Nigerian Ecclesial Leaders Deplore Confrontations in Kano

Accuse Government of Inability to Halt Them

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ROME, OCT. 23, 2001 ( Christian leaders in Nigeria this week deplored the sectarian clashes occurring in the city of Kano and urged the federal government to put an end to the carnage.

The ANB agency quotes a statement by Archbishop Olubunmi Okogie of Lagos, condemning what he considers government inaction in the face of the Christian-Muslim confrontations.

«This attitude by the government gives the impression that either the government is incapable of effective action or that it is under some kind of pressure,» the archbishop said.

The war against terrorism is not a religious war, he said, but an attempt to make the world a safer place.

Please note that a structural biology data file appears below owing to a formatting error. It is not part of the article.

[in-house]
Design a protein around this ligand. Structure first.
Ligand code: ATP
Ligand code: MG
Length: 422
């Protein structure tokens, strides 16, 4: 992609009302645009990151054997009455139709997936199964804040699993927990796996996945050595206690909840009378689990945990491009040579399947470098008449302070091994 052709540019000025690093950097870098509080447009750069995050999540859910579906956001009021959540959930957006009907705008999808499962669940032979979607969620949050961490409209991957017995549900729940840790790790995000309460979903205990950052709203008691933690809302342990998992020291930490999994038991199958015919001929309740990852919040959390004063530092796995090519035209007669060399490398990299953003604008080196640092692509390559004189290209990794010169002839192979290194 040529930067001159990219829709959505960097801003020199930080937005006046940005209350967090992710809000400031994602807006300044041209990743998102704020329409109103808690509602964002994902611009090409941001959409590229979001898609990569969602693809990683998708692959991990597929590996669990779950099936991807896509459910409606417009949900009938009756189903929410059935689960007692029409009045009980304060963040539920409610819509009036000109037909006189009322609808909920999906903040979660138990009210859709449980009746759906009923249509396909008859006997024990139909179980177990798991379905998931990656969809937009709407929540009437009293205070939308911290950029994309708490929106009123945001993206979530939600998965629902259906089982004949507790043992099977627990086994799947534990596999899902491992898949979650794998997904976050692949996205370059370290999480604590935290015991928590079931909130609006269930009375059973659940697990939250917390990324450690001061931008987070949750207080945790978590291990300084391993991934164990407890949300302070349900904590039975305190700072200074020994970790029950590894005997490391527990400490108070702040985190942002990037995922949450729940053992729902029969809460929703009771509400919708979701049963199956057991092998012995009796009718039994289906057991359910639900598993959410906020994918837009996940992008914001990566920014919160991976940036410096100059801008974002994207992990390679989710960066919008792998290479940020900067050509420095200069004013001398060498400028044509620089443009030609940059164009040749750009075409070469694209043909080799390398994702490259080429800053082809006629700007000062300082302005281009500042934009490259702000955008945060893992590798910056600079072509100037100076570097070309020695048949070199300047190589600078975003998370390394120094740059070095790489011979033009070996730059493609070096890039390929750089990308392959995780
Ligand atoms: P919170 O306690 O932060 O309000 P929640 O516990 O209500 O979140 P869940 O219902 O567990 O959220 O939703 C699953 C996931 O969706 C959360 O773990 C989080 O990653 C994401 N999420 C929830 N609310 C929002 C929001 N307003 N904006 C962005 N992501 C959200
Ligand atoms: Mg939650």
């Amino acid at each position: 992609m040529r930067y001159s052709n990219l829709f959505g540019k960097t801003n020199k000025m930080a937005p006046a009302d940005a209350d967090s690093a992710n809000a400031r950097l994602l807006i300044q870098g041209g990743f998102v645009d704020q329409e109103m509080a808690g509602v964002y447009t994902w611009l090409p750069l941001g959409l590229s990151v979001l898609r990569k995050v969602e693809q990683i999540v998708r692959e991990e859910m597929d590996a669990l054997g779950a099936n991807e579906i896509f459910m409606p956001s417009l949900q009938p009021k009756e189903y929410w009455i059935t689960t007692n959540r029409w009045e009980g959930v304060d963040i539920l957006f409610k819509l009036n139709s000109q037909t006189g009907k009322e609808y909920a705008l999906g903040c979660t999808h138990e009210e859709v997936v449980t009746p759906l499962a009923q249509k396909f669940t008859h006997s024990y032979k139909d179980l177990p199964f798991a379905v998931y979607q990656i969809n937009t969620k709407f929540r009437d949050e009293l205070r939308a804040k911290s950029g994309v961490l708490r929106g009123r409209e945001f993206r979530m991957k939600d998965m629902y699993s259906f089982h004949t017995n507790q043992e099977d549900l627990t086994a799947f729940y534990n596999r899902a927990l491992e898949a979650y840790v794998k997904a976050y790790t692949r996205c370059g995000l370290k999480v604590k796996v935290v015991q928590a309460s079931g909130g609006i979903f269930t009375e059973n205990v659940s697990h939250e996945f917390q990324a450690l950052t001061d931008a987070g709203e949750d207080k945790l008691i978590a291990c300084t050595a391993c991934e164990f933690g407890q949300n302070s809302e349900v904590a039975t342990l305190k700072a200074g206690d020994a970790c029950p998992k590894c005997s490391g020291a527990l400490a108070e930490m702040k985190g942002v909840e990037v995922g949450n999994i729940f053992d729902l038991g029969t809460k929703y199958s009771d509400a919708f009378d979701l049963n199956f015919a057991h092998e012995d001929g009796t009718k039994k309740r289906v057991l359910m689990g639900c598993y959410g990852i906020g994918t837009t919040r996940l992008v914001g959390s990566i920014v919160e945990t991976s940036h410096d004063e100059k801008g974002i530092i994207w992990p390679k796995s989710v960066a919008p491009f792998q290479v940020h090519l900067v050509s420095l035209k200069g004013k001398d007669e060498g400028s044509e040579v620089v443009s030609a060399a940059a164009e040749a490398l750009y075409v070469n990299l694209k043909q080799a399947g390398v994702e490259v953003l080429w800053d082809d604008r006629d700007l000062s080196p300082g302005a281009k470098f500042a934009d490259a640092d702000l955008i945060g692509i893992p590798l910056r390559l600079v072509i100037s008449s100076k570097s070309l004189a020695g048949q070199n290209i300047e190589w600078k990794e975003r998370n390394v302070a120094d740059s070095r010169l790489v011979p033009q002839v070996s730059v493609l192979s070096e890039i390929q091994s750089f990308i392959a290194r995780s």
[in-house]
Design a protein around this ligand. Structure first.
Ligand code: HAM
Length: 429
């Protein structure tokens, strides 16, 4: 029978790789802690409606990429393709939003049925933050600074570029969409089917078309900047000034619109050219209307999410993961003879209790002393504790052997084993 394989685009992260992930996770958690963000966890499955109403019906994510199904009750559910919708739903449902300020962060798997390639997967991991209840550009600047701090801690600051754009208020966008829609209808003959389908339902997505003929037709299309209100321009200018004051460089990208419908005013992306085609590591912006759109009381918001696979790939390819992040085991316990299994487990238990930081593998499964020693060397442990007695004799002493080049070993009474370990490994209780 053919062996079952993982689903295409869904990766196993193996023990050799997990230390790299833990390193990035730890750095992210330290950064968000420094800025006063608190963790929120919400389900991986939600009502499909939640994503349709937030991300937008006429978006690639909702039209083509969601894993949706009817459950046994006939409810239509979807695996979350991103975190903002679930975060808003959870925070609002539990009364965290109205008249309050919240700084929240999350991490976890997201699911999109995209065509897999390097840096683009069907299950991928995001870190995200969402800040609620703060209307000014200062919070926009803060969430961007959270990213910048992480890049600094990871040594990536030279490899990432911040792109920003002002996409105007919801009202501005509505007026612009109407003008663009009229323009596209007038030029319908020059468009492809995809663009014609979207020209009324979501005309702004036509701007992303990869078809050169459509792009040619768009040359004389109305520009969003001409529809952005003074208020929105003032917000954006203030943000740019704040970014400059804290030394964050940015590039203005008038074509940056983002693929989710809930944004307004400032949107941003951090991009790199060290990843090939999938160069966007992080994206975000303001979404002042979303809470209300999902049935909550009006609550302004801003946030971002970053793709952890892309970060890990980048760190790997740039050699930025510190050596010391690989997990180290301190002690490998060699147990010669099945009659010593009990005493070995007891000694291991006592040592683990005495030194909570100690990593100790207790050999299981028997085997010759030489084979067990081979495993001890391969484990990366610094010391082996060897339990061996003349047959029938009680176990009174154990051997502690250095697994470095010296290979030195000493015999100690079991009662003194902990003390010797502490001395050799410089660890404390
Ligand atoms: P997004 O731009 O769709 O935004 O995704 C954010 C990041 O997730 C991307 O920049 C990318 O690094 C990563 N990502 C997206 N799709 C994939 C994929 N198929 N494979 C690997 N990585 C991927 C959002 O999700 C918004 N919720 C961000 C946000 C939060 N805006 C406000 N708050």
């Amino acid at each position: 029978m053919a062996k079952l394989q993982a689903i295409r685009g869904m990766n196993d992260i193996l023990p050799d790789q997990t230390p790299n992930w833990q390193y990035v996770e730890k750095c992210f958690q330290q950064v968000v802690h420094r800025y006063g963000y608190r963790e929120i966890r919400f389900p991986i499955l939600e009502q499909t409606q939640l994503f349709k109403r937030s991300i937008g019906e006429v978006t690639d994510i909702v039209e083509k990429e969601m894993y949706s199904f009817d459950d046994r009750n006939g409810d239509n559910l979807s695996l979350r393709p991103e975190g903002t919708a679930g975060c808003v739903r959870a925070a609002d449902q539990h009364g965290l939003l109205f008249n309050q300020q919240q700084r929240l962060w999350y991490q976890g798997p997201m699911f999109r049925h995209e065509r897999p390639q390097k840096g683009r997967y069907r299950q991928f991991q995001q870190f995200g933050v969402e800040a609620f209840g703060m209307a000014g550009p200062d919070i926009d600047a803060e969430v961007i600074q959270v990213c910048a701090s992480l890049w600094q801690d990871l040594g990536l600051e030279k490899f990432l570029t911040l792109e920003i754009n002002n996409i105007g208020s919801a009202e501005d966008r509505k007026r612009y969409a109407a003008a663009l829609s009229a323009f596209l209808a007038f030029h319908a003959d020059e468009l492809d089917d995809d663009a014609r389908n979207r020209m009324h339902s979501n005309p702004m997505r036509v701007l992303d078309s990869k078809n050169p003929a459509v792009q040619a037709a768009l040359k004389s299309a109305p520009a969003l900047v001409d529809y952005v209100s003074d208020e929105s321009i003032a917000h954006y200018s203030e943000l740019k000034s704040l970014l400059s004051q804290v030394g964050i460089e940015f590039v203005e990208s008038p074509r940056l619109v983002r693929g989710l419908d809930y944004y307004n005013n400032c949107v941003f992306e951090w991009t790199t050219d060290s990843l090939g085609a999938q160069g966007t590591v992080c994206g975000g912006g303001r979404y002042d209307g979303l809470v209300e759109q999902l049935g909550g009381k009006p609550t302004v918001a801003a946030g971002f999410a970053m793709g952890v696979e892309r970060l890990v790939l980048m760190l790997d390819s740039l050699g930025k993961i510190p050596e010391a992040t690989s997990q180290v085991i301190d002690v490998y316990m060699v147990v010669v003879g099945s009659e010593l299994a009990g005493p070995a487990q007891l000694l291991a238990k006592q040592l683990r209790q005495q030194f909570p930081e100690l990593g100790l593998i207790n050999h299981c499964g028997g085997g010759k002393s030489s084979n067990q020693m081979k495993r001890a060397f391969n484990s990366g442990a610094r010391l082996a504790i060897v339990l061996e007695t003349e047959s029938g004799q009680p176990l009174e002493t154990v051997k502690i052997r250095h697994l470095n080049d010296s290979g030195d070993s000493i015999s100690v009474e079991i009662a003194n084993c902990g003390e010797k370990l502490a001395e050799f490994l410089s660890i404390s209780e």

«It is time for the federal government to curb the excesses of misguided elements who spill blood in the name of religion,» the archbishop said.

Archbishop Ignatius Kaigama of Jos condemned the clashes. He attributed ethnic conflicts in Nigeria to poverty, ignorance and the feeling of insecurity.

«When one tribe wishes to establish superiority over another, when one religion wants to dominate, when one clan wants to outdo others, the result is social unrest,» he said.

Dr. Sunday Mbang, chairman of the World Council of the Methodist Church, and chairman of the Christian Association of Nigeria, expressed worries at the number of deaths in the Kano riots, ANB reports.

Recently, John Paul II condemned the confrontations in Nigeria, lamenting that another «episode of cruel violence has been added to the tragic world situation of these days.»

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